The intervention of Corrado Passera (Economic Develpment ministry) last week is one of the very first signs to be seen of the government’s desire to deal with the energy issue as a whole. Time is mature: after the pendulum of politics has swung from the unproductive planning of the 1970s and 80s to the liberalisation driven over the last 15 years, there is now a need to define a strategy with clear objectives, ambitious scenarios and effective tools. All in a context characterised by growing energy prices and extremely demanding objectives related to the reduction of climate-changing emissions.
The Ministry has, quite rightly, assigned great importance to energy efficiency. Serious reflection is required in this regard, as the results, particularly during this stage, may be very significant indeed. In addition to making the 55% tax deductions constant and to defining incisive objectives to 2020 for white certificates, the explosion of hundreds of ESCos should be encouraged, in search of energy savings by means of access to national and regional rotation funds; a national public construction programme will also be launched, able to intervene annually on the 2.5% of the equity, as recently also required by the European Parliament Energy Commission.
Passera is then concerned over the weight of renewable sources on the bills. It is an understandable fear, particularly for photovoltaic, over which control has been lost in a period when there was not even a Ministry for Economic Development. We are talking about 9 billion/year already accumulated and 14 when up and running for all renewables.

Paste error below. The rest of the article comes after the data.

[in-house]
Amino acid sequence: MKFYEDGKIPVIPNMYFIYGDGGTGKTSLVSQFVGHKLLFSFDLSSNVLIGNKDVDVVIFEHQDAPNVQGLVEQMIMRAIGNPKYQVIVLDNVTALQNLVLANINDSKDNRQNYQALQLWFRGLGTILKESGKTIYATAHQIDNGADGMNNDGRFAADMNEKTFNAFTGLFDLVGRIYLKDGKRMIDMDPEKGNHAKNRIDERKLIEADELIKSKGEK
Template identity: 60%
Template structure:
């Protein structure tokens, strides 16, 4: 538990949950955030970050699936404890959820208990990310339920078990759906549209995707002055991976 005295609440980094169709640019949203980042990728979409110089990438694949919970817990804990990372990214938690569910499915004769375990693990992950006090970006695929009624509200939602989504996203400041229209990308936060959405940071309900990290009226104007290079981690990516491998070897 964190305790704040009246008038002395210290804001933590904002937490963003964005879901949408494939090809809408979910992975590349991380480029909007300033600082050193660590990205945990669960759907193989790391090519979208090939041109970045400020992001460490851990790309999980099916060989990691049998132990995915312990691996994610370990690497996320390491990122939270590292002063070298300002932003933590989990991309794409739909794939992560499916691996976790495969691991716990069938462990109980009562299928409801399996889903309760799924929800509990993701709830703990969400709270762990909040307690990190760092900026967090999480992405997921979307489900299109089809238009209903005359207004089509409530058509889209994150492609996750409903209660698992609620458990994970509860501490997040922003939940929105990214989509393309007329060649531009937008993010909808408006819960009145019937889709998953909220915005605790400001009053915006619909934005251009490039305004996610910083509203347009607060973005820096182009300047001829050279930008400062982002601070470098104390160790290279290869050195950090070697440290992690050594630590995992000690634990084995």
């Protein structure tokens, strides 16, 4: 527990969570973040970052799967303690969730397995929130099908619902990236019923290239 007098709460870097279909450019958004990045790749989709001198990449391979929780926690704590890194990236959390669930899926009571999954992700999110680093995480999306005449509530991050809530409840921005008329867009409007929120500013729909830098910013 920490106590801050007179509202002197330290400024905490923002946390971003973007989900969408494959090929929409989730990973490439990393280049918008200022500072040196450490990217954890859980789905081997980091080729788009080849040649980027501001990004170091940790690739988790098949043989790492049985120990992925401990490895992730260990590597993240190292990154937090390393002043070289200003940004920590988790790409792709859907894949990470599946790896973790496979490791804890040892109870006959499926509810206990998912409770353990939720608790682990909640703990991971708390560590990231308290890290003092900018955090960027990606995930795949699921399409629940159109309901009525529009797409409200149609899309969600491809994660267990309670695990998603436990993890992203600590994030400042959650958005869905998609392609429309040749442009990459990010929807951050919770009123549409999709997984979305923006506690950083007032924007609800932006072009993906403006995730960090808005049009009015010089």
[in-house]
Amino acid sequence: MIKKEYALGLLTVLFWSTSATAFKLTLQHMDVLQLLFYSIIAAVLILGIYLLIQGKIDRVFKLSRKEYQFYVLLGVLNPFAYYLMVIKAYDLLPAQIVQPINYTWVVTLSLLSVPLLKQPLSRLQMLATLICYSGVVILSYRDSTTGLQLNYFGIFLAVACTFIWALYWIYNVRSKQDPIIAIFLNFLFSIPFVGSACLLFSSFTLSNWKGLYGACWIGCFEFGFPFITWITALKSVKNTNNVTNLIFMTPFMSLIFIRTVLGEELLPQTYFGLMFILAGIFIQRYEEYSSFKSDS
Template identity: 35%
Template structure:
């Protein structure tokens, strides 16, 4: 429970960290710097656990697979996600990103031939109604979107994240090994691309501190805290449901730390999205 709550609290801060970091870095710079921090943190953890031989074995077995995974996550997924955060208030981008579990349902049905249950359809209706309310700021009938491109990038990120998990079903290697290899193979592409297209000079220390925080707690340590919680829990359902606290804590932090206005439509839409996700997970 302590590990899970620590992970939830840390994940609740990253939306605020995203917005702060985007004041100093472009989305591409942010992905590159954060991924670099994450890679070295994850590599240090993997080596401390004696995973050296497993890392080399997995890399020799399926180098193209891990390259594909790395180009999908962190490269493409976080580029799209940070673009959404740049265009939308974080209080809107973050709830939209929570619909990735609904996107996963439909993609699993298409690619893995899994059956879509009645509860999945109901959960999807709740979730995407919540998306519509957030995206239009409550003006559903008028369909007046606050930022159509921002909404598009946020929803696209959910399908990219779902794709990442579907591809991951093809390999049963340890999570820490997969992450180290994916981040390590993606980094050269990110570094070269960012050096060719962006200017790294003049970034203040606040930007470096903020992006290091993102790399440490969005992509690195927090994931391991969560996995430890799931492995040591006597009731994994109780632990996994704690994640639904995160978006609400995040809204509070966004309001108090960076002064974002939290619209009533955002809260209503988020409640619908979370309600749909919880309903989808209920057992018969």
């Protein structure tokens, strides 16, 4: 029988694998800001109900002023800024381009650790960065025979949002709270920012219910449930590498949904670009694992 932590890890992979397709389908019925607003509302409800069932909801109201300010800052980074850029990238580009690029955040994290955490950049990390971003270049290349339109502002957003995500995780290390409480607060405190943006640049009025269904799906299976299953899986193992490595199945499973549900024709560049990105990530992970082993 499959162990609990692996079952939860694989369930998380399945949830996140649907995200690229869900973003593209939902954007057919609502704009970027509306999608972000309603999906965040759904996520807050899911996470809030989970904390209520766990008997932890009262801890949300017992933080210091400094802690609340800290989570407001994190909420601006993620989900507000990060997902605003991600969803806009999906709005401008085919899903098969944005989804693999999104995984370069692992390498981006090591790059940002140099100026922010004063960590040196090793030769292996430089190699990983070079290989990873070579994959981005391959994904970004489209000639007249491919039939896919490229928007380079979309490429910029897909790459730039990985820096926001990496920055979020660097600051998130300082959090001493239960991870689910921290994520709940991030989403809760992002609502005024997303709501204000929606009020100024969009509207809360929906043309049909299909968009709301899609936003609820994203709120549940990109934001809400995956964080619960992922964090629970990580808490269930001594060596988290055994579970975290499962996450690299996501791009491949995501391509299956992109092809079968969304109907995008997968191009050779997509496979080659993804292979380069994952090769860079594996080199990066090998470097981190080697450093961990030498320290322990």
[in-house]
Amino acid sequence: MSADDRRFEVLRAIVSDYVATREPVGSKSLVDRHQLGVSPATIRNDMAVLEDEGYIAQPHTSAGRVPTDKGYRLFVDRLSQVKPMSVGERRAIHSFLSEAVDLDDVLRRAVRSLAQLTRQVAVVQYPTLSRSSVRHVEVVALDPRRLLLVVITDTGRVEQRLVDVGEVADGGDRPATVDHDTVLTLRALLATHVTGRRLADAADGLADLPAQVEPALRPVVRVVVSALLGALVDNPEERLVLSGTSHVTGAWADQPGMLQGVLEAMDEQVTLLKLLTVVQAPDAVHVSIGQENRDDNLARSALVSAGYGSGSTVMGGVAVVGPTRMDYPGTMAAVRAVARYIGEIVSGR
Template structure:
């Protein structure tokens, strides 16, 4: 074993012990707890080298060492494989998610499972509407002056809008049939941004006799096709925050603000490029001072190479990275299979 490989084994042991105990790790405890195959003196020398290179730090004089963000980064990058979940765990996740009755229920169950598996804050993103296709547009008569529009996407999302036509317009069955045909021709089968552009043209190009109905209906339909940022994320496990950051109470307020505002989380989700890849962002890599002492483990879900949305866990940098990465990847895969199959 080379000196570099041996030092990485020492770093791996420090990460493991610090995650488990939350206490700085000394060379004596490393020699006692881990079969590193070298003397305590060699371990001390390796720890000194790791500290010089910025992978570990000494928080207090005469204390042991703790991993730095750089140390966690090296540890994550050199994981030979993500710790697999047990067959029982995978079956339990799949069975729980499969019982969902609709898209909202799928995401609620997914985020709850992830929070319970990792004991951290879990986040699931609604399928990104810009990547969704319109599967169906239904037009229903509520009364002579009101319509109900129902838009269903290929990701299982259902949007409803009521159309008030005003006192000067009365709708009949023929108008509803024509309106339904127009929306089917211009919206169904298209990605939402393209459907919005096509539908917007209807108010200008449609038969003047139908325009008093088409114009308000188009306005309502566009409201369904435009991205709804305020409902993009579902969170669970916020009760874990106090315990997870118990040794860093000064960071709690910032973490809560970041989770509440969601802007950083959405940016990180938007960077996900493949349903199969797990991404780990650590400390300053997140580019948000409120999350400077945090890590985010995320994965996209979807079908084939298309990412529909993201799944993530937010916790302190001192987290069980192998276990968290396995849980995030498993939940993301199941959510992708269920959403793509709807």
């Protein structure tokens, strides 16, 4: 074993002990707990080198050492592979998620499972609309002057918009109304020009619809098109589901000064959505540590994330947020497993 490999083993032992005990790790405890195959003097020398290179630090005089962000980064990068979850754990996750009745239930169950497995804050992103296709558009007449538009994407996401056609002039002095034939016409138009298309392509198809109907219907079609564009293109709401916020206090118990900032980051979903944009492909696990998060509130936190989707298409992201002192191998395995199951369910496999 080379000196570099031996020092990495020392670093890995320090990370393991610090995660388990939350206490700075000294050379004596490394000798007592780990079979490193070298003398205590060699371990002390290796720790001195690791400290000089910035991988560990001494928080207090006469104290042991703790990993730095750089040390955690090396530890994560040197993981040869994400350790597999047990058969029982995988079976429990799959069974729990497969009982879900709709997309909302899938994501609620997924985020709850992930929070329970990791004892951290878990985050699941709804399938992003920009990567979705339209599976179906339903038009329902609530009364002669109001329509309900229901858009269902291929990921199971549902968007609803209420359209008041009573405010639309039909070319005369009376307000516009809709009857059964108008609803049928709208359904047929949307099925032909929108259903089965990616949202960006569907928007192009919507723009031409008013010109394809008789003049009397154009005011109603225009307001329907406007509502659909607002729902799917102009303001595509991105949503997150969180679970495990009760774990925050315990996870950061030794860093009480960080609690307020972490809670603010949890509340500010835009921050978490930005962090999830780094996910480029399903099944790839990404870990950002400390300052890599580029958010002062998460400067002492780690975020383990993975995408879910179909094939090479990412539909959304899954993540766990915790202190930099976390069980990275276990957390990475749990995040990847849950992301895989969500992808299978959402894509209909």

True, but let’s stop and think for a moment. In the meantime, the impact of solar energy on the formation of prices will remove 1 billion from bills. Reduction of gas imports must then be calculated, thanks to the boom of green electricity (3 billion cubic metres fewer in 2008-11 and 7 billion CO2 not emitted, with savings for the country in the region of 1.5 billion euro). Additionally, the costs of Cip6, which had already dropped from 3.6 billion in 2006 to 1.2 billion, will continue to decrease. Another couple of billion are then eliminated from bills thanks to the liberalisation of the gas market. As we can see, the burden of renewable energies is more than halved. And it will become even lighter considering all the income for the State in terms of VAT and tax paid by the thousands of businesses that have been created. We therefore expect that the issue of the forthcoming decrees on renewable electricity and thermal energy will take wise consideration of all the positive fallout for the country.
In terms of methane and oil, Passera proposes doubling national production. This point requires very careful reflection. Would it not perhaps be wiser to leave this little “treasure” to future generations, when the price of fossil fuel is likely to climb sharply? Also considering that, if we so wish, today’s methane production (8 billion m3, 10% of consumption) could double thanks to biogas production. And that a similar quantity could be saved in the civil sector.
In this case too, political decisions can make significant changes to the energy scenarios.